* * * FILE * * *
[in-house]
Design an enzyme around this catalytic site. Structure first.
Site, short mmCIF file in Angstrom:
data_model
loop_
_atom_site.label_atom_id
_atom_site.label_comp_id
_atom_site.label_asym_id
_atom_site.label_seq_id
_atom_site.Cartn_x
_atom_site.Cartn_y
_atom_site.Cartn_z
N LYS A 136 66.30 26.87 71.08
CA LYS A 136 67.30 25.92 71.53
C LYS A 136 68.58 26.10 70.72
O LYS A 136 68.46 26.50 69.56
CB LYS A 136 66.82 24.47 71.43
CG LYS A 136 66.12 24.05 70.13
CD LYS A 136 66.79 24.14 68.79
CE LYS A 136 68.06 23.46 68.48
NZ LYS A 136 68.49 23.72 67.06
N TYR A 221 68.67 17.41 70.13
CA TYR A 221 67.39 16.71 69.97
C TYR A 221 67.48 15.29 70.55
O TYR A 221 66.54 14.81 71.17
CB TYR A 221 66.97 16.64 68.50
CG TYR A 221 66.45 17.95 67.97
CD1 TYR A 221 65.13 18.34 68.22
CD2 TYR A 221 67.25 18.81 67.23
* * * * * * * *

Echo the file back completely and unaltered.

[in-house]
Design an enzyme around this catalytic site. Structure first.
Site, short mmCIF file in Angstrom:
data_model
loop_
_atom_site.label_atom_id
_atom_site.label_comp_id
_atom_site.label_asym_id
_atom_site.label_seq_id
_atom_site.Cartn_x
_atom_site.Cartn_y
_atom_site.Cartn_z
N LYS A 136 66.30 26.87 71.08
CA LYS A 136 67.30 25.92 71.53
C LYS A 136 68.58 26.10 70.72
O LYS A 136 68.46 26.50 69.56
CB LYS A 136 66.82 24.47 71.43
CG LYS A 136 66.12 24.05 70.13
CD LYS A 136 66.79 24.14 68.79
CE LYS A 136 68.06 23.46 68.48
NZ LYS A 136 68.49 23.72 67.06
N TYR A 221 68.67 17.41 70.13
CA TYR A 221 67.39 16.71 69.97
C TYR A 221 67.48 15.29 70.55
O TYR A 221 66.54 14.81 71.17
CB TYR A 221 66.97 16.64 68.50
CG TYR A 221 66.45 17.95 67.97
CD1 TYR A 221 65.13 18.34 68.22
CD2 TYR A 221 67.25 18.81 67.23